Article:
INVESTIGATION: Teens getting high on easy-to-get drugs

Friday, February 20, 2015
VIDEO: INVESTIGATION: Teens getting high on easy-to-get drugs
There is a new way teens are getting high - it's called DXM or Triple C, and you won't believe how easy it is for your kids to get their hands on it.

PHILADELPHIA (WPVI) -- There is a new and dangerous way teens are getting high.

It's called DXM or Triple C, and you won't believe how easy it is for your kids to get their hands on this highly addictive drug.

That's because it comes from cold medicines that can be found everywhere from the corner store to your medicine cabinet.

Taken in large doses, they mimic the hallucinogenic high of PCP. It's the newest drug captivating kids, that's been linked to some very dangerous and illicit behavior.

YouTube videos show kids chugging bottles of Robitussin and cough aides containing Dextromethorphan - otherwise known as DXM. It's a risky trend called Robo-tripping.

Others are downing dozens of pills of Coricidin, containing the same component, known to teens by the street name "Triple C." The videos show them acting wasted and sometimes violent.

"After the first time I did it, I just really loved it," said 18-year-old Shannon, who asked that we only use her first name.

She explains the high as an out-of-body experience, where users lose complete touch with the real world.

"I hallucinated a lot, it was like I was in a dream or something, I was so disassociated. So I liked that feeling of not being in reality, and I kept using it after that."

Addiction specialist David Rotenberg, the Executive Vice President of Treatment at Caron Treatment Centers, had a similar description, saying, "They will get euphoria, some will describe it as they are on an acid trip or liken it to a Special K type of buzz,"

Part of the ease, Rotenberg explains, is how accessible these over-the-counter drugs are for kids. Many of them shoplift bottles or raid their parent's medicine cabinet to get a quick fix.

"I would take it when I woke up in the morning, before school, during school, after school, before I went to sleep," said Shannon.

Bob and Rita, parents we talked to in Montgomery County, said that's exactly what happened to their son, before he started down a dark path.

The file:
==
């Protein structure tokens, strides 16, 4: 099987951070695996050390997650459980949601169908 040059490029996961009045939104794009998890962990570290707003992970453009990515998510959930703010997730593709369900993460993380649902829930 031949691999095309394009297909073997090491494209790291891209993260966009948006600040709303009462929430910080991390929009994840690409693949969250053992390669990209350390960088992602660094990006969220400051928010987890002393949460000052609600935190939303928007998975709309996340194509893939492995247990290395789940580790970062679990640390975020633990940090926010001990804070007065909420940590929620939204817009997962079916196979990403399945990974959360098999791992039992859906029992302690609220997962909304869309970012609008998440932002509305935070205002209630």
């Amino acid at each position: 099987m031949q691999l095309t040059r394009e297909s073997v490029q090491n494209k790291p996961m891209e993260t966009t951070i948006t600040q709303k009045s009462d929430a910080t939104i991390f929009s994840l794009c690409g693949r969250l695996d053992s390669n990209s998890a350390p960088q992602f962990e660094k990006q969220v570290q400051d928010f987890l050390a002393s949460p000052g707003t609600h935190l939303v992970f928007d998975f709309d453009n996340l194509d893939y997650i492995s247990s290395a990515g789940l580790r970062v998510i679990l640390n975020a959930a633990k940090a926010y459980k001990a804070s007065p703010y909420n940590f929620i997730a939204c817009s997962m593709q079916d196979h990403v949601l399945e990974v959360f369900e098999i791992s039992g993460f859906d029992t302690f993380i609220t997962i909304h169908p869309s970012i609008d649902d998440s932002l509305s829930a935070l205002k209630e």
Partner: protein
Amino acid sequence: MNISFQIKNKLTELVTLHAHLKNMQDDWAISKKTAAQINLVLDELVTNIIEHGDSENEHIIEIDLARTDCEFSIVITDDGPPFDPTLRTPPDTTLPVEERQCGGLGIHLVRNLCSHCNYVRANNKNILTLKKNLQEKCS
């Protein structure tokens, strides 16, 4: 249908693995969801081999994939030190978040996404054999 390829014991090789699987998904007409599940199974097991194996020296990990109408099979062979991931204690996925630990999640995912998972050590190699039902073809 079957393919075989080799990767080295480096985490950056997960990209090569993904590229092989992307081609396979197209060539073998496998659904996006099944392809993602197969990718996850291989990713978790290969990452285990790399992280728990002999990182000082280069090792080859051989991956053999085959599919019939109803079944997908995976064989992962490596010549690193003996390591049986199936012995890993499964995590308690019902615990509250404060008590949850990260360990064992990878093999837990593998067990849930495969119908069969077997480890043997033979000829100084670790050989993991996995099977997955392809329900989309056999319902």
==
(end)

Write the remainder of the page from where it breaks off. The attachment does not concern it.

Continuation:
"You could walk out the back yard and see the blister packs. He would just be taking multiple blister packs, just to get a high. He's be taking the liquid, the Robitussin to get high," Bob said.

"I was confused. I was kind of oblivious to everything," said Rita.

Rita and Bob said, at first, they missed the warning signs - not knowing a cold medicine could be so intoxicating and addictive.

It wasn't until their son overdosed and they checked him into a hospital that they realized his abuse of these over-the-counter drugs could have killed him.

"He could have gone into a coma, he could have died," said Rita.

They estimate he started abusing DXM at the age of 13. That's about the same time Shannon started using.

"I almost died, and that was kind of my wake-up call," she said.

But instead, Bob and Rita's son turned to other drugs like heroine, and ultimately a life of crime. When he couldn't get anything else, they say he went back to stealing DXM, which they described as a gateway to other addictions and behavior.

"It is a very, very dangerous drug, it has the effects of PCP. It changes your personality. It causes brain damage," said Rita.

And Rita and Bob believe the abuse turned their once straight-A son into another person, who lost any sense of reality.

"Part of the crime was [him thinking] 'I'm invincible,'" said Rita.

He is now in prison for 15 to 30 years after being convicted for his involvement in a violent crime.

"He lost his way, and he wound up committing a crime that has incarcerated him for many years," said Bob.

Bob and Rita did not want to be identified, but spoke only with Action News as a warning to other parents who, like them, may have never realized the dangers of something so seemingly safe.

"We feel blessed that our son is at least alive today, because some of his friends, unfortunately, are dead," said Bob.

Bob and Rita believe their son suffered brain damage from the long term and consistent abuse of DMX. They say only after months of incarceration did his brain clear of the drugs.

Some stores have placed drugs containing DMX behind the counter, or have a requirement that you be 18 to buy it.

Here is some more information on support groups and other programs:


There are several Philadelphia regional parent support groups. A full list can be found here:

The one directly in Philadelphia is here:


We (Caron) currently have 6 employees providing Student Assistance Programming throughout the Greater Philadelphia region. Thus far in the 2014-2015 school year, our Philadelphia Region team has provided programming to approximately 40 sites, 2500 students, 200 parents, and close to 500 professionals. Priorities include contracts for ongoing services with three school districts in which staff provide behavioral health assessments, psycho-educational support groups, classroom prevention education, faculty and parent education, as well as support to the school SAP teams. Another priority includes delivery of our adolescent nicotine cessation program, Project CONNECT.

Link to Caron's Family Education Program: